Performance comparison of the solutions for passing byte arrays from .NET runtime to JavaScript in Blazor wasm

Performance comparison of the solutions for passing byte arrays from .NET runtime to JavaScript in Blazor wasm


Passing data from and to the JavaScript environment is one of the common tasks developers need to solve while working on a WebAssembly application with Blazor. Although typical use cases are well-covered by the JSInterop classes (e.g. IJSRuntime), less common problems require putting some effort into finding the right technical solution.

One of the common problems of JS interoperability is marshalling data between dotnet and JS runtimes. Simple types (e.g. strings and numbers) can be transferred easily, just by supplying them to a called JS function through parameters argument of one of the Invoke methods. On a contrary, there is no single recommended technique for arrays of simple types.

This article presents several techniques for transferring large byte arrays from dotnet to JS, a problem that may arise while dealing with arbitrary files, generated images, or encrypted data.


There is a byte array defined in the Blazor application. This array should be converted to a typed UInt8Array JS array.

@inject IJSRuntime js


private static byte[] GetArray(int length) =>
  Enumerable.Range(0, length)
    .Select(value => (byte)(value & 0xFF))
private ... Method() {
  var data = GetArray(1024);
  // the following line should print "Uint8Array(1024) [0, 1, 2, 3, 4,..." 
  await js.InvokeVoidAsync("console.log", bytes);


Solution 1: The trivial solution is to create an array, populate it, and then convert it to Uint8Array.

var array = await js.InvokeAsync<IJSObjectReference>("Array");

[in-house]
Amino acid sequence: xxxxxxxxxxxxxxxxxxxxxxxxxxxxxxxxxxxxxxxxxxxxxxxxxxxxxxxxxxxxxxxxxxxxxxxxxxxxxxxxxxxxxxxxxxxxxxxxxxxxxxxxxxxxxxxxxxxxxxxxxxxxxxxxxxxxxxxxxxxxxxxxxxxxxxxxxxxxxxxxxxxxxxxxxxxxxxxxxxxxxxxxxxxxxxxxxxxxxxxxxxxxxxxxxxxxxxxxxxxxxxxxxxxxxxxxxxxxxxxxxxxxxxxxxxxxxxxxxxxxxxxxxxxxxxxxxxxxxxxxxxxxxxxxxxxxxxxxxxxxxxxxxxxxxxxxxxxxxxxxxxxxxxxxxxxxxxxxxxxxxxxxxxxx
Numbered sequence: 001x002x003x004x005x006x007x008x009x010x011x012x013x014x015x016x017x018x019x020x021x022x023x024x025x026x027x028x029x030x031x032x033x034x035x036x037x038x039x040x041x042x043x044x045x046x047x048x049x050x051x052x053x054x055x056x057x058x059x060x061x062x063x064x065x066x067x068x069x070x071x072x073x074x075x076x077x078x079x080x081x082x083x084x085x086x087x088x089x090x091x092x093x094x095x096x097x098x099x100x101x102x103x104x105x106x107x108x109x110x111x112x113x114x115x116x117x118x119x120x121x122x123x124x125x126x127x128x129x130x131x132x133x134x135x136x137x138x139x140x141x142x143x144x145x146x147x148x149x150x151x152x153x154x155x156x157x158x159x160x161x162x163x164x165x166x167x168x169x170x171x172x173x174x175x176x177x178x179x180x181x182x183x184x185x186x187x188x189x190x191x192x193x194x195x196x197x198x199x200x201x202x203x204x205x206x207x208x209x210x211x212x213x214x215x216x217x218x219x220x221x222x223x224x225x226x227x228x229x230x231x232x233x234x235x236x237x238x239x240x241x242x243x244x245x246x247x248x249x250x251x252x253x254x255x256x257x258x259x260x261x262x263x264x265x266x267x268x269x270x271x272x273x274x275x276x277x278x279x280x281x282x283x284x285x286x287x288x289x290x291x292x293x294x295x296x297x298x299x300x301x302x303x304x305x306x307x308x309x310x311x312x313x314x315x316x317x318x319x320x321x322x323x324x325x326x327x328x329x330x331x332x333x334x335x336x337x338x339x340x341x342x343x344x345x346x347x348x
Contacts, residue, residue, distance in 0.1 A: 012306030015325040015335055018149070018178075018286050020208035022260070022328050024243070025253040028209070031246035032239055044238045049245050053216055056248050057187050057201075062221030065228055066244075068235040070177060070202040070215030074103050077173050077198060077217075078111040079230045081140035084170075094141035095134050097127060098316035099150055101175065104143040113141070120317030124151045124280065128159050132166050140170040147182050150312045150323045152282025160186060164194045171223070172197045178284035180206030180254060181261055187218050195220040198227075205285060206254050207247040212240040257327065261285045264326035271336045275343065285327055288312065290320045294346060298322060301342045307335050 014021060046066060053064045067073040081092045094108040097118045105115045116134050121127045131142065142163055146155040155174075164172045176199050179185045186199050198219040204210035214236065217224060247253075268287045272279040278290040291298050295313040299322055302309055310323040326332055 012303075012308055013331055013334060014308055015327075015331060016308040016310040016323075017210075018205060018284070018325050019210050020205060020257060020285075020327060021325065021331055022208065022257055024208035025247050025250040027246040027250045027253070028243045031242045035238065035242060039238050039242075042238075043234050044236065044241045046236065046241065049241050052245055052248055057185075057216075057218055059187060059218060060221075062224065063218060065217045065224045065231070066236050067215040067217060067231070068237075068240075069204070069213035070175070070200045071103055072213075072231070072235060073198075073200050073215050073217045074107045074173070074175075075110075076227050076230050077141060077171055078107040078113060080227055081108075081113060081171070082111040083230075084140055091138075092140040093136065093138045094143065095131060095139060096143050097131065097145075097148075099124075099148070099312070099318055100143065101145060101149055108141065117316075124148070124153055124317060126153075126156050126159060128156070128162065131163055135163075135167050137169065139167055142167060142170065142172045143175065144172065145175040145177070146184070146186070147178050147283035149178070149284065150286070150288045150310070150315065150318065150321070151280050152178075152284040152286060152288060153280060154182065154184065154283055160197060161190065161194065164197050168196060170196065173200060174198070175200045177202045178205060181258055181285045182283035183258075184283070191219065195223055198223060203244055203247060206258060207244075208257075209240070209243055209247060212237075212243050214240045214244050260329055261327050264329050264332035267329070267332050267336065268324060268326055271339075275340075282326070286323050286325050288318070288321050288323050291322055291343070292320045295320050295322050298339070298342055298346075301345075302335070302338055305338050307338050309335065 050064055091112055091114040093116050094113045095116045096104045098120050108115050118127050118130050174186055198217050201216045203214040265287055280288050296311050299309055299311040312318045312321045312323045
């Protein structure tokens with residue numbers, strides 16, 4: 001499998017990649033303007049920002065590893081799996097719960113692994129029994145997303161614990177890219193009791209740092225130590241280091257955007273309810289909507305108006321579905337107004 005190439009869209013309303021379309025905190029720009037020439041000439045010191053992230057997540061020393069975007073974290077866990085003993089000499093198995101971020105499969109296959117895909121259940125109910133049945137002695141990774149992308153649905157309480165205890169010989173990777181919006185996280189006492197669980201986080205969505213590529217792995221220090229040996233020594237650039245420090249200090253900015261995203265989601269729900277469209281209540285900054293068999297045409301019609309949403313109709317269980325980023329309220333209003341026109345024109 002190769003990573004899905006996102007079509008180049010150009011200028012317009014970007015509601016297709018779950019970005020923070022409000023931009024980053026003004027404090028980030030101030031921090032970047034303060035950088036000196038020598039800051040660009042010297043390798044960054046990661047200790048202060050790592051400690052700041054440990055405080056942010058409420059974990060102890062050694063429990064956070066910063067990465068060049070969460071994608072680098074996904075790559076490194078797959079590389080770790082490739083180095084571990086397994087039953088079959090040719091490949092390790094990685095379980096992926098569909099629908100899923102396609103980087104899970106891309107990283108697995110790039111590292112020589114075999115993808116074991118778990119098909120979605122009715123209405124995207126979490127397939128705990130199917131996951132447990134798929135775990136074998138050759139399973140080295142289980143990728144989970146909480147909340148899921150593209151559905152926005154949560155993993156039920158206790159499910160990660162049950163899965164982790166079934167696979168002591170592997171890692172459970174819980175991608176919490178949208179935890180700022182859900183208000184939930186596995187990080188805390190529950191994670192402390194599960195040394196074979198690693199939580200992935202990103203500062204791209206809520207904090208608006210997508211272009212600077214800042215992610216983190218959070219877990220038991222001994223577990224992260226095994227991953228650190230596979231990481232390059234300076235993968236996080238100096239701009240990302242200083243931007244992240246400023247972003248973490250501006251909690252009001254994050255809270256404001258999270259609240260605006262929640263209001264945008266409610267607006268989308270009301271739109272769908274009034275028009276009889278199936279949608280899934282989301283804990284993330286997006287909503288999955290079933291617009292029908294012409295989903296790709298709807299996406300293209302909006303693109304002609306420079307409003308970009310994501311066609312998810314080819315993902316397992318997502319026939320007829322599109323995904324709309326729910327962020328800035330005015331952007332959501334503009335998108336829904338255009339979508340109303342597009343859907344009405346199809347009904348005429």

foreach (var value in data)
  await array.InvokeVoidAsync("push", value);
var bytes = await js.InvokeAsync<IJSObjectReference>("Uint8Array.of", array);

This code works with both server and client Blazor environments and it is also memory efficient. But it also the slowest among the methods reviewed.

Solution 2: Solution 1 with synchronous calls.

var jsr = (IJSInProcessRuntime)js;
var array = jsr.Invoke<IJSInProcessObjectReference>("Array");
foreach (var value in data)
  array.InvokeVoid("push", value);
var bytes = jsr.Invoke<IJSInProcessObjectReference>("Uint8Array.from", array);

Although it can be used only in wasm Blazor applications, it improves the performance by 60%.

Solution 3: transfer all data at once in JavaScript code string and parse it with eval.

var jsr = (IJSInProcessRuntime)js;
var values = string.Join(',', data.Select(value => Convert.ToString(value)));
var code = "Uint8Array.from([" + values + "])";
var bytes = jsr.Invoke<IJSInProcessObjectReference>("eval", code);

According to the previous tests, the difference between synchronous and asynchronous call is less than 1ms. This code has a single JSInterop call so whether it is asynchronous or synchronous has very little impact. It uses significantly more memory, at least 4 times bigger than the data.

The performance, however, is more than 10 times better.

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